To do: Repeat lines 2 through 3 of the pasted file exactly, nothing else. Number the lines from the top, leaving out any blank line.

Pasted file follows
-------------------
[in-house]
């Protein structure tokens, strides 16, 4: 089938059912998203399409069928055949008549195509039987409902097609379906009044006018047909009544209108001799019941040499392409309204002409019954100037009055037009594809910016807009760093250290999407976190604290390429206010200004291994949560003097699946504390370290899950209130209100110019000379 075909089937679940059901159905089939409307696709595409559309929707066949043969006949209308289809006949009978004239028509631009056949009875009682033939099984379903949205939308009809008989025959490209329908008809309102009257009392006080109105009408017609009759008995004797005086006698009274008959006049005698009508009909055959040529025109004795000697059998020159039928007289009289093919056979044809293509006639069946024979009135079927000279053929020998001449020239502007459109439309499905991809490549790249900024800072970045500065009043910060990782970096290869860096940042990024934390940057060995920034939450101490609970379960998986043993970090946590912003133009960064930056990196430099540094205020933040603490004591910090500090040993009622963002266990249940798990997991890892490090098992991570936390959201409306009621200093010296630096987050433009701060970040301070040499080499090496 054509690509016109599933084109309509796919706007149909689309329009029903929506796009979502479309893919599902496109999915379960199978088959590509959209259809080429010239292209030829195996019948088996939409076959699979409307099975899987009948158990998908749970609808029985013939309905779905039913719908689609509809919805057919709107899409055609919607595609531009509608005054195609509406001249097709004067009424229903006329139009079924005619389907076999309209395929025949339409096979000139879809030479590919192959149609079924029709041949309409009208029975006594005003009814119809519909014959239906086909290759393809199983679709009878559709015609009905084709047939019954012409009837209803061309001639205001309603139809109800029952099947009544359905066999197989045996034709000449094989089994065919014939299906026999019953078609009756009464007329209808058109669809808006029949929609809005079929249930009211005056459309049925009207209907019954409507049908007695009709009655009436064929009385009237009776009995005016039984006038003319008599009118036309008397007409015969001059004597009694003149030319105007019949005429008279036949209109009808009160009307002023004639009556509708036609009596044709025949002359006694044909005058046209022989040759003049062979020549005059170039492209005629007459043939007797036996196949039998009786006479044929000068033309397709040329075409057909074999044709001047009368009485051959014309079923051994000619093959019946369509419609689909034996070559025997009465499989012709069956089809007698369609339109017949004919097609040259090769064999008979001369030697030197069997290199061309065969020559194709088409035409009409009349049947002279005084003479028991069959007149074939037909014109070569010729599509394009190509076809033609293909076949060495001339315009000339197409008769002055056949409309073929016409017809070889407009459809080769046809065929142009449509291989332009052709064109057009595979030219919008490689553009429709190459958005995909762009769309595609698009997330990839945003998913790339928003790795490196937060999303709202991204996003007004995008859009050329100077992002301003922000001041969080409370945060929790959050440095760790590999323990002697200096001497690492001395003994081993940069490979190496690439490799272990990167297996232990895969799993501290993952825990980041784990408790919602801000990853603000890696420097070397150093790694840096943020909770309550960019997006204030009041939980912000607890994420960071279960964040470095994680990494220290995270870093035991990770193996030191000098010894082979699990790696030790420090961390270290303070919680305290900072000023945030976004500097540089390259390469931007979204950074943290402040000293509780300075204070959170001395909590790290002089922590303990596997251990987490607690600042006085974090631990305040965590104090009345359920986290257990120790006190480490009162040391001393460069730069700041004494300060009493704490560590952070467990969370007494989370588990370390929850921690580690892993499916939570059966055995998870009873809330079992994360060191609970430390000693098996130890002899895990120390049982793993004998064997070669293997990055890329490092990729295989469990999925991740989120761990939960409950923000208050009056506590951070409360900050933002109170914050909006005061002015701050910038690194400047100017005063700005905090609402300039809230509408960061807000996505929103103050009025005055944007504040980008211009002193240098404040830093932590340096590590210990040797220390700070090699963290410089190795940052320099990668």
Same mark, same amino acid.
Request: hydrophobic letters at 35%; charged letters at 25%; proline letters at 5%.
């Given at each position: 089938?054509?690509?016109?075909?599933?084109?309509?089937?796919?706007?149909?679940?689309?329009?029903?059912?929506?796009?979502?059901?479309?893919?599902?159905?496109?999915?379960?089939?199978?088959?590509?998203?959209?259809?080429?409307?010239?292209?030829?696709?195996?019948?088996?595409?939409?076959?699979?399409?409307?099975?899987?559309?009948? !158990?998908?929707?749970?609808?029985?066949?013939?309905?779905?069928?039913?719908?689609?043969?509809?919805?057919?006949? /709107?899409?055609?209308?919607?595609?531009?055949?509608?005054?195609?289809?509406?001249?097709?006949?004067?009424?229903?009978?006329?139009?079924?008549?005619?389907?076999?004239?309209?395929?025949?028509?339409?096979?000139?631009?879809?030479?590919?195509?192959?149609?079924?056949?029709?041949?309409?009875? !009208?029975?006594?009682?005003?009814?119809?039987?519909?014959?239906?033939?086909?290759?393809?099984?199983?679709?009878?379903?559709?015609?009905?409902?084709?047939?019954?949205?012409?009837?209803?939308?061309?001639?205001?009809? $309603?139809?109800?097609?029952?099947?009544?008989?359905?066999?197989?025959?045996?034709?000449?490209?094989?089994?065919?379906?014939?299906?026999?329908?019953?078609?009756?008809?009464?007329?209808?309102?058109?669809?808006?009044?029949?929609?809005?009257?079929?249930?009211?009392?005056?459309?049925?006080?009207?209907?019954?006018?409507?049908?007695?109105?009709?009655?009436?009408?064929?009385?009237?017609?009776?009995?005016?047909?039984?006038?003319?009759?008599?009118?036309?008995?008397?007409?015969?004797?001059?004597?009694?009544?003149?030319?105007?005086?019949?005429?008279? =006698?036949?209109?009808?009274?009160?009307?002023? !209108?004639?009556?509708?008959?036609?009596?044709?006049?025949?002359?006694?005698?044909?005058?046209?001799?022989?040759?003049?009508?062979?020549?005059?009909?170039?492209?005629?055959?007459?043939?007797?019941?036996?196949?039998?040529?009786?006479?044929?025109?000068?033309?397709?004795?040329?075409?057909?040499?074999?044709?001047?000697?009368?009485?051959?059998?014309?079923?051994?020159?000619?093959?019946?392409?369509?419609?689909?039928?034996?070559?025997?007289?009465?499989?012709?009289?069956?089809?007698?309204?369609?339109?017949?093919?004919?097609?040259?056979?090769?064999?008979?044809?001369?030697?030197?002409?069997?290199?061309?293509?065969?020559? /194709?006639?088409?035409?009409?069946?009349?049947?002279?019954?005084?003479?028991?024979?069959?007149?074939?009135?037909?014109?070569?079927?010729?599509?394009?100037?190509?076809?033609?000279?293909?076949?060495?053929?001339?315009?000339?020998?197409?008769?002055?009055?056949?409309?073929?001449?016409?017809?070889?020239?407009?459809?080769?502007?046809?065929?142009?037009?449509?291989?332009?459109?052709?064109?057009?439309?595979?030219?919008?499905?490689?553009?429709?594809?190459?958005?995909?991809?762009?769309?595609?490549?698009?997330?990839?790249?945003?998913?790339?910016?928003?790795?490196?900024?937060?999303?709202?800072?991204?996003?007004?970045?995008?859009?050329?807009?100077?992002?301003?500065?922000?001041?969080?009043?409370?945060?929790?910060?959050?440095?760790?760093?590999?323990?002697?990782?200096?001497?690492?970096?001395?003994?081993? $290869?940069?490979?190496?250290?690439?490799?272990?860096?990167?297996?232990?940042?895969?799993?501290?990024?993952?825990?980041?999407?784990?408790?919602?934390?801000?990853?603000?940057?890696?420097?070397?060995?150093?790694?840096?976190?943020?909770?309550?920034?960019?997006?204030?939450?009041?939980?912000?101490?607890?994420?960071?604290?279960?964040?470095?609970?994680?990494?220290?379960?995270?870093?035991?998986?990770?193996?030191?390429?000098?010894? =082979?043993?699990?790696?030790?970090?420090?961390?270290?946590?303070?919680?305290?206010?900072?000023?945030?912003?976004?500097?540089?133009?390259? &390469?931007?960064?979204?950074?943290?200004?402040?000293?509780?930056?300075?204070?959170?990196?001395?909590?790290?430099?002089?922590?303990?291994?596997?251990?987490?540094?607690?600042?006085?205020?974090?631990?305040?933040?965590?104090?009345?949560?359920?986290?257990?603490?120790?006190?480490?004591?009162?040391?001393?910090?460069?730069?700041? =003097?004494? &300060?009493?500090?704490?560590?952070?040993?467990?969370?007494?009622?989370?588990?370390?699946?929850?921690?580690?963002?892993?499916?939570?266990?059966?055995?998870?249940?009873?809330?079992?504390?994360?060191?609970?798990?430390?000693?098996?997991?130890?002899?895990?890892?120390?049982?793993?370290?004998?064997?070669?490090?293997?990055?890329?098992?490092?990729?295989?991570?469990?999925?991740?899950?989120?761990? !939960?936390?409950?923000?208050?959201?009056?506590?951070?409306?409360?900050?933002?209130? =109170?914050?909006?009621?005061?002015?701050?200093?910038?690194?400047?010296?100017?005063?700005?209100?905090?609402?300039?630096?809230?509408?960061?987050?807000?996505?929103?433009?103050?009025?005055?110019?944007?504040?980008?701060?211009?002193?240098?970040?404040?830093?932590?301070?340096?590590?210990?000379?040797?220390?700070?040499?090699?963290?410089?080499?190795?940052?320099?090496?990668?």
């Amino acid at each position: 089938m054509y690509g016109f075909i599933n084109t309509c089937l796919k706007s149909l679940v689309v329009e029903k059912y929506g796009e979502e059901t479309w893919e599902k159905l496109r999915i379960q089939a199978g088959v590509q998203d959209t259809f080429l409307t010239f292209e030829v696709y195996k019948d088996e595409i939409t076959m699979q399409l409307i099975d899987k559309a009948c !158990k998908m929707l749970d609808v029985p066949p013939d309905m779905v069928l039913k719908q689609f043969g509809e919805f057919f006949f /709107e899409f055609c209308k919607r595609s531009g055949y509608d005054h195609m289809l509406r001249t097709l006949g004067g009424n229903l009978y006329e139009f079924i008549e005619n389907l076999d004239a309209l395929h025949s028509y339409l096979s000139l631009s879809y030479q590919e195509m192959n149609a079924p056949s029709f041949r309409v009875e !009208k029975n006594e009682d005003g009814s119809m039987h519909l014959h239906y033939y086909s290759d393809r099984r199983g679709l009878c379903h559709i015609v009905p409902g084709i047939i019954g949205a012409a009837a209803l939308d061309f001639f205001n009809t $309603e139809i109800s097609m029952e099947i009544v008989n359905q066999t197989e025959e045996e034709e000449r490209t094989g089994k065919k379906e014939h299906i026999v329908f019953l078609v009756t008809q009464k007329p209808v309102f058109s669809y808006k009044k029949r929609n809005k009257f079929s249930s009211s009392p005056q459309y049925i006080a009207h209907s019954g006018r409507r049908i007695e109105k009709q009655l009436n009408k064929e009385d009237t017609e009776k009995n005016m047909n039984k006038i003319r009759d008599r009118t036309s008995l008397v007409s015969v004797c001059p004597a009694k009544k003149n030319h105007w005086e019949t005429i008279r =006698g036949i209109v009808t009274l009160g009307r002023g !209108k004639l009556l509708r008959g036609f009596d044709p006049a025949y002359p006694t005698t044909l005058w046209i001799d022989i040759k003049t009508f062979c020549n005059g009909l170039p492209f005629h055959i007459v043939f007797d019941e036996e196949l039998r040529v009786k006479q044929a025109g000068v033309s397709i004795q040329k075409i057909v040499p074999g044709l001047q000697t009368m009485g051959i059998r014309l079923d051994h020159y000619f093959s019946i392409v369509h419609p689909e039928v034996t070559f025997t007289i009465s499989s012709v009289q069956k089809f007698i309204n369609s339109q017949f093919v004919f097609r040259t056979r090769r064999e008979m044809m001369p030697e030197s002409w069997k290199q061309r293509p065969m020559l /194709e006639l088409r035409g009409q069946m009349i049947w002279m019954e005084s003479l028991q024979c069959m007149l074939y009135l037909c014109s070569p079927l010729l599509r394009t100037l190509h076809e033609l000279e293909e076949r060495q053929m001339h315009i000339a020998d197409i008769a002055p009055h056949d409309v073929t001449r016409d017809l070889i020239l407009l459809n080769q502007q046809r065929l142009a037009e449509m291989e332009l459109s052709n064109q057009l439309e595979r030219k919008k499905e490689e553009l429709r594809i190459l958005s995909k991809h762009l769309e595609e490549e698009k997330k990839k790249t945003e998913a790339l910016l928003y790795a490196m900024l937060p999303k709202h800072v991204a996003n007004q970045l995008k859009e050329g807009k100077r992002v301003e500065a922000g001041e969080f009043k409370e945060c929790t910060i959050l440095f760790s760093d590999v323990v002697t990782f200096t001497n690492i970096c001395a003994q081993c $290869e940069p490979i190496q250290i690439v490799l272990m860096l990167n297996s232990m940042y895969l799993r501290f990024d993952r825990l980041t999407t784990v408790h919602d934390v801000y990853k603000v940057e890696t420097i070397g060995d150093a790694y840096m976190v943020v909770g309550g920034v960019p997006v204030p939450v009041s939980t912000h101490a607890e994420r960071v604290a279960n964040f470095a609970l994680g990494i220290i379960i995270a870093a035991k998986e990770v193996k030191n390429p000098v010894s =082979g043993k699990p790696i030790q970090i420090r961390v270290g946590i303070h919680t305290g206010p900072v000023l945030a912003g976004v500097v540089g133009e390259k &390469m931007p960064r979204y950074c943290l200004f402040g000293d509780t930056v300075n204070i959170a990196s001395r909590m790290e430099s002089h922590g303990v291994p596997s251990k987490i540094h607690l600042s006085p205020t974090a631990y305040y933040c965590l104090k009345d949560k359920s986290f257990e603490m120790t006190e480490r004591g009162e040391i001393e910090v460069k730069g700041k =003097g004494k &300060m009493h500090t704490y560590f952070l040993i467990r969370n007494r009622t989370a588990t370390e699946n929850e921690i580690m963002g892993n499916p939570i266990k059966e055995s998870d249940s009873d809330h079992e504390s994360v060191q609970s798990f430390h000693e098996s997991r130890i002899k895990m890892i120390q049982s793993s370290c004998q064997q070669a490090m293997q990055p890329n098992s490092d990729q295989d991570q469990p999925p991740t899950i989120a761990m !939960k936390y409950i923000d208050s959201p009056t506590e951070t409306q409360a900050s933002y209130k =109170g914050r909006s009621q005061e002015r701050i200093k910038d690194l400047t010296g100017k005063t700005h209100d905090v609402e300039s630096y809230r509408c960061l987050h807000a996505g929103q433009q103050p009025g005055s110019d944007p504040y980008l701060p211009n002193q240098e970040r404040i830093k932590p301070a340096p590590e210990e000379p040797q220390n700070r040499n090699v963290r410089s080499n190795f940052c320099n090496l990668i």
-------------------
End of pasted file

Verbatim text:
């Protein structure tokens, strides 16, 4: 089938059912998203399409069928055949008549195509039987409902097609379906009044006018047909009544209108001799019941040499392409309204002409019954100037009055037009594809910016807009760093250290999407976190604290390429206010200004291994949560003097699946504390370290899950209130209100110019000379 075909089937679940059901159905089939409307696709595409559309929707066949043969006949209308289809006949009978004239028509631009056949009875009682033939099984379903949205939308009809008989025959490209329908008809309102009257009392006080109105009408017609009759008995004797005086006698009274008959006049005698009508009909055959040529025109004795000697059998020159039928007289009289093919056979044809293509006639069946024979009135079927000279053929020998001449020239502007459109439309499905991809490549790249900024800072970045500065009043910060990782970096290869860096940042990024934390940057060995920034939450101490609970379960998986043993970090946590912003133009960064930056990196430099540094205020933040603490004591910090500090040993009622963002266990249940798990997991890892490090098992991570936390959201409306009621200093010296630096987050433009701060970040301070040499080499090496 054509690509016109599933084109309509796919706007149909689309329009029903929506796009979502479309893919599902496109999915379960199978088959590509959209259809080429010239292209030829195996019948088996939409076959699979409307099975899987009948158990998908749970609808029985013939309905779905039913719908689609509809919805057919709107899409055609919607595609531009509608005054195609509406001249097709004067009424229903006329139009079924005619389907076999309209395929025949339409096979000139879809030479590919192959149609079924029709041949309409009208029975006594005003009814119809519909014959239906086909290759393809199983679709009878559709015609009905084709047939019954012409009837209803061309001639205001309603139809109800029952099947009544359905066999197989045996034709000449094989089994065919014939299906026999019953078609009756009464007329209808058109669809808006029949929609809005079929249930009211005056459309049925009207209907019954409507049908007695009709009655009436064929009385009237009776009995005016039984006038003319008599009118036309008397007409015969001059004597009694003149030319105007019949005429008279036949209109009808009160009307002023004639009556509708036609009596044709025949002359006694044909005058046209022989040759003049062979020549005059170039492209005629007459043939007797036996196949039998009786006479044929000068033309397709040329075409057909074999044709001047009368009485051959014309079923051994000619093959019946369509419609689909034996070559025997009465499989012709069956089809007698369609339109017949004919097609040259090769064999008979001369030697030197069997290199061309065969020559194709088409035409009409009349049947002279005084003479028991069959007149074939037909014109070569010729599509394009190509076809033609293909076949060495001339315009000339197409008769002055056949409309073929016409017809070889407009459809080769046809065929142009449509291989332009052709064109057009595979030219919008490689553009429709190459958005995909762009769309595609698009997330990839945003998913790339928003790795490196937060999303709202991204996003007004995008859009050329100077992002301003922000001041969080409370945060929790959050440095760790590999323990002697200096001497690492001395003994081993940069490979190496690439490799272990990167297996232990895969799993501290993952825990980041784990408790919602801000990853603000890696420097070397150093790694840096943020909770309550960019997006204030009041939980912000607890994420960071279960964040470095994680990494220290995270870093035991990770193996030191000098010894082979699990790696030790420090961390270290303070919680305290900072000023945030976004500097540089390259390469931007979204950074943290402040000293509780300075204070959170001395909590790290002089922590303990596997251990987490607690600042006085974090631990305040965590104090009345359920986290257990120790006190480490009162040391001393460069730069700041004494300060009493704490560590952070467990969370007494989370588990370390929850921690580690892993499916939570059966055995998870009873809330079992994360060191609970430390000693098996130890002899895990120390049982793993004998064997070669293997990055890329490092990729295989469990999925991740989120761990939960409950923000208050009056506590951070409360900050933002109170914050909006005061002015701050910038690194400047100017005063700005905090609402300039809230509408960061807000996505929103103050009025005055944007504040980008211009002193240098404040830093932590340096590590210990040797220390700070090699963290410089190795940052320099990668």
Same mark, same amino acid.